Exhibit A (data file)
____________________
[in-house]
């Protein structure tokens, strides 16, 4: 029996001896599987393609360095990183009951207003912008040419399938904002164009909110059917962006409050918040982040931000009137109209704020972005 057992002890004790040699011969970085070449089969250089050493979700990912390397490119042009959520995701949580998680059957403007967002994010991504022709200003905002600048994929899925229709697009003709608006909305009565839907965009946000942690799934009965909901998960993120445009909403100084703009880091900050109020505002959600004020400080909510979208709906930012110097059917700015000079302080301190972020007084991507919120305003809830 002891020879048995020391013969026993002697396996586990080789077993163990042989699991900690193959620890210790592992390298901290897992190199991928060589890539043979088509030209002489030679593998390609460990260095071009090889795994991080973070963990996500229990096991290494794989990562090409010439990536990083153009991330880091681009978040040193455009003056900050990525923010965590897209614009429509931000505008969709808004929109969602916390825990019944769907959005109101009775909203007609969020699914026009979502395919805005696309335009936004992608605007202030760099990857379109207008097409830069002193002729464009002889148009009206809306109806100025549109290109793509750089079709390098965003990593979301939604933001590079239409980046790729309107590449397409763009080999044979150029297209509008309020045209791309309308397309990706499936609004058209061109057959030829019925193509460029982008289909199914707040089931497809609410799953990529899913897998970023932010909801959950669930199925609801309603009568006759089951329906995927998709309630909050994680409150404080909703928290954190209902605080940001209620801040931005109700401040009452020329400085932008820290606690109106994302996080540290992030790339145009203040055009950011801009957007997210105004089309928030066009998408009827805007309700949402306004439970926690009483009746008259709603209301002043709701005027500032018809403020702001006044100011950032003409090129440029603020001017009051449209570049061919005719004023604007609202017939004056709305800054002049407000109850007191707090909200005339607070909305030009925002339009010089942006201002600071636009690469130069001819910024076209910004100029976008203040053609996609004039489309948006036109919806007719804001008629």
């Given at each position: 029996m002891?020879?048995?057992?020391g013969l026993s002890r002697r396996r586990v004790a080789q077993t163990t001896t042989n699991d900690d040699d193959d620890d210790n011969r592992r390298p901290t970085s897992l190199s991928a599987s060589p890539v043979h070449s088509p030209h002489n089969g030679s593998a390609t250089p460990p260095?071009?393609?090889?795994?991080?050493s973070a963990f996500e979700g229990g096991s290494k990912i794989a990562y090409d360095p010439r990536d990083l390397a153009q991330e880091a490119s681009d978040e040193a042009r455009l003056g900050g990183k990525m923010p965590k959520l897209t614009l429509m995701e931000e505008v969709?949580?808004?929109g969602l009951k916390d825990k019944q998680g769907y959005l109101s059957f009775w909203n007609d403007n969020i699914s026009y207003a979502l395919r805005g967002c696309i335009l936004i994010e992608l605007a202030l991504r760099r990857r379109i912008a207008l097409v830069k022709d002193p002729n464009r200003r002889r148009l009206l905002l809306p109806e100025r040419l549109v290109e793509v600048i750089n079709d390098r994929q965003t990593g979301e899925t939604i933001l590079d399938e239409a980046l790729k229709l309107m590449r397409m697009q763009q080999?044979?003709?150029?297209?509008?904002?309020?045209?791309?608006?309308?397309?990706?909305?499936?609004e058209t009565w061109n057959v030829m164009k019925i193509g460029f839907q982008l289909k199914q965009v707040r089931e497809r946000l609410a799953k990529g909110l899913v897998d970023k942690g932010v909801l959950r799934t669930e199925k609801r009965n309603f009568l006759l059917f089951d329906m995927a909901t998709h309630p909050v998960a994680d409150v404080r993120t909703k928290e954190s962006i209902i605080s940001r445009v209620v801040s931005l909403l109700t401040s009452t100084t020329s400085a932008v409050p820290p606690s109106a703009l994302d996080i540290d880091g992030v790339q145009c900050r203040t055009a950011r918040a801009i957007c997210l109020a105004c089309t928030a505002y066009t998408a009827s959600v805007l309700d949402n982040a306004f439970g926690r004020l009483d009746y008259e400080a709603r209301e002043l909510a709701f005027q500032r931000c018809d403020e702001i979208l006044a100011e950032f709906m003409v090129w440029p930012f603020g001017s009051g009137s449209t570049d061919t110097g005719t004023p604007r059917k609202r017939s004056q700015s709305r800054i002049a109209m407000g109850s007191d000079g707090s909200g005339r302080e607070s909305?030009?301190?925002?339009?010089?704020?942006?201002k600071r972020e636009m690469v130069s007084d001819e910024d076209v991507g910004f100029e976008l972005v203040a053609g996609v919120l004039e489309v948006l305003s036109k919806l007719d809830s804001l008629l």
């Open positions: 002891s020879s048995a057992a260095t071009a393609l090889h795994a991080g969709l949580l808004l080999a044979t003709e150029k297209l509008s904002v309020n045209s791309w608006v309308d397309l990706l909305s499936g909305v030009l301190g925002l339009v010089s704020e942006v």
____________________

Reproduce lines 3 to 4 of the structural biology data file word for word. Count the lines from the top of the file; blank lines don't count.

């Given at each position: 029996m002891?020879?048995?057992?020391g013969l026993s002890r002697r396996r586990v004790a080789q077993t163990t001896t042989n699991d900690d040699d193959d620890d210790n011969r592992r390298p901290t970085s897992l190199s991928a599987s060589p890539v043979h070449s088509p030209h002489n089969g030679s593998a390609t250089p460990p260095?071009?393609?090889?795994?991080?050493s973070a963990f996500e979700g229990g096991s290494k990912i794989a990562y090409d360095p010439r990536d990083l390397a153009q991330e880091a490119s681009d978040e040193a042009r455009l003056g900050g990183k990525m923010p965590k959520l897209t614009l429509m995701e931000e505008v969709?949580?808004?929109g969602l009951k916390d825990k019944q998680g769907y959005l109101s059957f009775w909203n007609d403007n969020i699914s026009y207003a979502l395919r805005g967002c696309i335009l936004i994010e992608l605007a202030l991504r760099r990857r379109i912008a207008l097409v830069k022709d002193p002729n464009r200003r002889r148009l009206l905002l809306p109806e100025r040419l549109v290109e793509v600048i750089n079709d390098r994929q965003t990593g979301e899925t939604i933001l590079d399938e239409a980046l790729k229709l309107m590449r397409m697009q763009q080999?044979?003709?150029?297209?509008?904002?309020?045209?791309?608006?309308?397309?990706?909305?499936?609004e058209t009565w061109n057959v030829m164009k019925i193509g460029f839907q982008l289909k199914q965009v707040r089931e497809r946000l609410a799953k990529g909110l899913v897998d970023k942690g932010v909801l959950r799934t669930e199925k609801r009965n309603f009568l006759l059917f089951d329906m995927a909901t998709h309630p909050v998960a994680d409150v404080r993120t909703k928290e954190s962006i209902i605080s940001r445009v209620v801040s931005l909403l109700t401040s009452t100084t020329s400085a932008v409050p820290p606690s109106a703009l994302d996080i540290d880091g992030v790339q145009c900050r203040t055009a950011r918040a801009i957007c997210l109020a105004c089309t928030a505002y066009t998408a009827s959600v805007l309700d949402n982040a306004f439970g926690r004020l009483d009746y008259e400080a709603r209301e002043l909510a709701f005027q500032r931000c018809d403020e702001i979208l006044a100011e950032f709906m003409v090129w440029p930012f603020g001017s009051g009137s449209t570049d061919t110097g005719t004023p604007r059917k609202r017939s004056q700015s709305r800054i002049a109209m407000g109850s007191d000079g707090s909200g005339r302080e607070s909305?030009?301190?925002?339009?010089?704020?942006?201002k600071r972020e636009m690469v130069s007084d001819e910024d076209v991507g910004f100029e976008l972005v203040a053609g996609v919120l004039e489309v948006l305003s036109k919806l007719d809830s804001l008629l």
């Open positions: 002891s020879s048995a057992a260095t071009a393609l090889h795994a991080g969709l949580l808004l080999a044979t003709e150029k297209l509008s904002v309020n045209s791309w608006v309308d397309l990706l909305s499936g909305v030009l301190g925002l339009v010089s704020e942006v």